Weinberg: Just build a new Castle Creek Bridge
As a local Aspen homeowner, I have closely followed the emerging controversy about a new bridge into Aspen. My perspective is influenced by the time-honored tradition of my profession — a practicing MD and a professor of psychiatry, neurology, neuroscience, and human genetics at Johns Hopkins School of Medicine.
The basic tenet “Do no harm” applies here. When the numerous disadvantages of the city’s proposal are weighed against the perceived advantage, it is clear that there is far more harm than good. The loss of open space, increased traffic, potentially-dangerous intersections, loss of our singular community character, injury to neighborhoods, and historical perspective of our unique town are compared to a minute or so savings in bus-transit times. There is nothing preferred in what the city calls the “preferred alternative.”
Even with these noteworthy examples of harm, more importantly are the unknowns associated with this project, which could adversely impact Aspen for the next 75 years. The project is a “Pandora’s Box.” We can now only guess at its potential adverse impact, and it would be folly to project decades out. Is the community willing to go forward with a transformative project that could materially change this town in manners we cannot perceive? I am not.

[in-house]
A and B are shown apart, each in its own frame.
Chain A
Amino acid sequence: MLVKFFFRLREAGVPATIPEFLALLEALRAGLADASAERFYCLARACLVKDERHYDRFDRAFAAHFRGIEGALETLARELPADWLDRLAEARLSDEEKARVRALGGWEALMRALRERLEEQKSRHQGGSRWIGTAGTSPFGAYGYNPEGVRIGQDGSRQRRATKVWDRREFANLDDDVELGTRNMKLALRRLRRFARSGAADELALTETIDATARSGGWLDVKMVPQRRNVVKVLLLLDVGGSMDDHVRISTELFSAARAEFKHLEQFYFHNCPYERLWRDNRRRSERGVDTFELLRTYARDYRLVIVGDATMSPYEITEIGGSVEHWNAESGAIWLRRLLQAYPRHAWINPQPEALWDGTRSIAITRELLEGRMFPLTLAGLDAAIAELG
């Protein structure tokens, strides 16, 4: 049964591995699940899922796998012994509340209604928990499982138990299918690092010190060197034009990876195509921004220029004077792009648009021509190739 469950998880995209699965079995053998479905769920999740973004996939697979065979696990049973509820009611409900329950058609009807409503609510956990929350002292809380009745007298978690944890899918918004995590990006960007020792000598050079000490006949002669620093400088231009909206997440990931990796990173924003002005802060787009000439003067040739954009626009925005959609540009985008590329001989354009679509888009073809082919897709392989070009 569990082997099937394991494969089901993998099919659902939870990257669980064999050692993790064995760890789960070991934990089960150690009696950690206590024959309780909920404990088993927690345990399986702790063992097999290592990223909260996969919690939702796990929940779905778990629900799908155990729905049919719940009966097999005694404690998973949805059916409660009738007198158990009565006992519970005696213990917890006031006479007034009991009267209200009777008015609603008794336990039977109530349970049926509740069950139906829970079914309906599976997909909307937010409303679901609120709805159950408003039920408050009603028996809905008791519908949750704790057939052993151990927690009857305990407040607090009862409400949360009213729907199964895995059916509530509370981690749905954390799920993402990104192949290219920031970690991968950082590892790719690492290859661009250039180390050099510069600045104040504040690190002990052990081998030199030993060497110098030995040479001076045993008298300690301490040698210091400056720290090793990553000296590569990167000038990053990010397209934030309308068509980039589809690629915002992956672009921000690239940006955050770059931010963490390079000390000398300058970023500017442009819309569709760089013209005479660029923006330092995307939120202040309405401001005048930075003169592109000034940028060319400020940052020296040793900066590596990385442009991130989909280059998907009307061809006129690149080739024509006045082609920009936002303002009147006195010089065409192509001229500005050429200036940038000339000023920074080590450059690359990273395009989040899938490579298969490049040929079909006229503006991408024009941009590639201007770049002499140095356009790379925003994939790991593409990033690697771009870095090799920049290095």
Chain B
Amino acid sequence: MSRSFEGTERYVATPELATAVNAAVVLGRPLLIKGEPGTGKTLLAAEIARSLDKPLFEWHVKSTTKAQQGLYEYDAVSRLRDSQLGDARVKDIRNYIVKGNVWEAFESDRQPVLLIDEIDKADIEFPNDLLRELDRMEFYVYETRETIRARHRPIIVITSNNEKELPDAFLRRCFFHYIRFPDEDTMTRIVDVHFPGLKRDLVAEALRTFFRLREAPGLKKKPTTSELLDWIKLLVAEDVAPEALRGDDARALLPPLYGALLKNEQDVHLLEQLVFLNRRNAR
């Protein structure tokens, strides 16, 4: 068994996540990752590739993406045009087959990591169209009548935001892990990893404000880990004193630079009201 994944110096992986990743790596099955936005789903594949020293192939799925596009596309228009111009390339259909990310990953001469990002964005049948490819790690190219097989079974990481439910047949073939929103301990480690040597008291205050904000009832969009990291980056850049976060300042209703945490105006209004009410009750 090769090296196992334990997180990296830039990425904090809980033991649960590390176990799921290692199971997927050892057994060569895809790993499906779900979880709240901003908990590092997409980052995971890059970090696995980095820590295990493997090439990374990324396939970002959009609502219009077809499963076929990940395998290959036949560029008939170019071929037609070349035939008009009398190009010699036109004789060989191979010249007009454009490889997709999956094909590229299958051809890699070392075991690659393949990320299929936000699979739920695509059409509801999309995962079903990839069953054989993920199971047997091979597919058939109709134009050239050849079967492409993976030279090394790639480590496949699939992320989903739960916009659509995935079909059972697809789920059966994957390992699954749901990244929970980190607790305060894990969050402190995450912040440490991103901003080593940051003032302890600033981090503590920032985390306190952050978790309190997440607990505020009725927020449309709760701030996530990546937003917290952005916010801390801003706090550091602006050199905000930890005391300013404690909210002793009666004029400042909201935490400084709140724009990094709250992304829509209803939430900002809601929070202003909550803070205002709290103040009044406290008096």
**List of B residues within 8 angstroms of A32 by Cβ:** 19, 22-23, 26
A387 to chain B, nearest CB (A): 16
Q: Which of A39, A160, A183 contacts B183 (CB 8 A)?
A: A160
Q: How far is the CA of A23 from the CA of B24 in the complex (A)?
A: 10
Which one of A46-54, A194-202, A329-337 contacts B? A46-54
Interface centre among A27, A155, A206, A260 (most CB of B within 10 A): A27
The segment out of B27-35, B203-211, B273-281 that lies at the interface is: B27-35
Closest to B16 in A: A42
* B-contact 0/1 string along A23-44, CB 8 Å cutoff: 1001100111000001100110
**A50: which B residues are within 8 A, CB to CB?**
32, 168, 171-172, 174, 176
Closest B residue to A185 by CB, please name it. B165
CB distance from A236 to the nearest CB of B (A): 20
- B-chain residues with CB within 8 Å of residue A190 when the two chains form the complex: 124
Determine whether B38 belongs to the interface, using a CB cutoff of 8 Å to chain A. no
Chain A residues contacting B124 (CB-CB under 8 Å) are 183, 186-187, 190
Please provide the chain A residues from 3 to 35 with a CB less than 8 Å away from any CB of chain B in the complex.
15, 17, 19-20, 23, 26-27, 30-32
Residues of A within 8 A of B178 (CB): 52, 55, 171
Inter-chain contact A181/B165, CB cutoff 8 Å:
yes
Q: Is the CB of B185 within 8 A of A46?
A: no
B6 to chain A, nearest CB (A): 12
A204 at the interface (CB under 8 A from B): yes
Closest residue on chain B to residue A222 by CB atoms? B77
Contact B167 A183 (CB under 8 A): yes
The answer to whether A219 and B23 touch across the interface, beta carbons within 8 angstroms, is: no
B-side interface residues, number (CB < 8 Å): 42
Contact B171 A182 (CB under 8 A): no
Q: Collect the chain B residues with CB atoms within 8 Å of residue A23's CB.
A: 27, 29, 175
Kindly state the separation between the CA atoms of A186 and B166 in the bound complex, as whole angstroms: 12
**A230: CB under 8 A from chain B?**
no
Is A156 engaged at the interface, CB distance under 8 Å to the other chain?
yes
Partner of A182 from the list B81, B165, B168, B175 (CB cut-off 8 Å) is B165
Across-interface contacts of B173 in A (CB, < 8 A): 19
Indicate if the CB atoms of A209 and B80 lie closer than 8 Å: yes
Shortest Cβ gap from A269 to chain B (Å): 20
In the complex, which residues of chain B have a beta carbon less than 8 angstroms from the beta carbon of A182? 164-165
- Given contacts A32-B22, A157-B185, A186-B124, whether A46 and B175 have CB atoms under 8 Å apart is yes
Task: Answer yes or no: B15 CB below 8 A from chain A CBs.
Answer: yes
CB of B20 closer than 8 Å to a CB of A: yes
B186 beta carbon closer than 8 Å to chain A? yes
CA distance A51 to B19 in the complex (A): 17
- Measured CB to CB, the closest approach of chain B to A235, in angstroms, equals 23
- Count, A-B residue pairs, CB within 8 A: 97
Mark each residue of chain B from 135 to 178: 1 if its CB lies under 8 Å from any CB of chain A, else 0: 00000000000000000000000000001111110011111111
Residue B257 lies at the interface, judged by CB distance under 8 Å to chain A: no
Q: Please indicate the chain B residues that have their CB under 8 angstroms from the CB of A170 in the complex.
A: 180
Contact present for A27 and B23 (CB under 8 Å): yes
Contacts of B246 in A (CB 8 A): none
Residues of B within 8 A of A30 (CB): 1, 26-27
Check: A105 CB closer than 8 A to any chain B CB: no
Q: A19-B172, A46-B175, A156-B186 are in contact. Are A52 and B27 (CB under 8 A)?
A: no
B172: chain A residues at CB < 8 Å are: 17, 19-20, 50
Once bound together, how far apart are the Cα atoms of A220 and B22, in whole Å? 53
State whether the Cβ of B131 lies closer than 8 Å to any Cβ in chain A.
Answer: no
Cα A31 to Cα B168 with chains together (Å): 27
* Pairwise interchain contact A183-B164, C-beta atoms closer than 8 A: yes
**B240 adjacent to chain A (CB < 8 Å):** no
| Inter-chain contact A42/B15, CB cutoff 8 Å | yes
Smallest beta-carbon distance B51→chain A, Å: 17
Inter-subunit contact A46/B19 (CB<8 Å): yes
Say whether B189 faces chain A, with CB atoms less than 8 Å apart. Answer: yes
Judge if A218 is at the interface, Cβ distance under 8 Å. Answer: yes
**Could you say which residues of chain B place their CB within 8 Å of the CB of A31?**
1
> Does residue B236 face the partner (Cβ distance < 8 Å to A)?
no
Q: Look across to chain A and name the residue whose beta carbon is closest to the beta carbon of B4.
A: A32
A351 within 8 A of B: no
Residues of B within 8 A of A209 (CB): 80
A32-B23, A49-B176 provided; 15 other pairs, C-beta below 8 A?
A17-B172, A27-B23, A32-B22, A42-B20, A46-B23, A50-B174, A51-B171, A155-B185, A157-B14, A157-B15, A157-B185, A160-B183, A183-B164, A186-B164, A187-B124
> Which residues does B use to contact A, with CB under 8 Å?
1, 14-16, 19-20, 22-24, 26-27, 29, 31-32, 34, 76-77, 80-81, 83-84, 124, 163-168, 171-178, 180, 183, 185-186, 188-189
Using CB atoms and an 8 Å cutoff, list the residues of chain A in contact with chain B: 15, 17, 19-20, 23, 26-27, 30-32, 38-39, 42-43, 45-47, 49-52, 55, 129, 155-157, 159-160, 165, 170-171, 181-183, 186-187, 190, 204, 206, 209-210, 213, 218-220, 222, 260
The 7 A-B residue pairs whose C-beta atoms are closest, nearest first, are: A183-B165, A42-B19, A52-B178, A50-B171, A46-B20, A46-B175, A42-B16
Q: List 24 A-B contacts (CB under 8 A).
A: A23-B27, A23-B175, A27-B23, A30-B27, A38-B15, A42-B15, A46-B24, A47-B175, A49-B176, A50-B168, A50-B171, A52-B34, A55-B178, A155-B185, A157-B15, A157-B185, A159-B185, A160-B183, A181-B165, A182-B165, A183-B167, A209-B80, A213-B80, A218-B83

The far better choice is to build a new bridge at the same location as the existing one. We know how to predict the impact of this preferred alternative. That new bridge would not adversely impact any part of the community as we now know it. In other words, it would do no harm.
Dr. Daniel R. Weinberger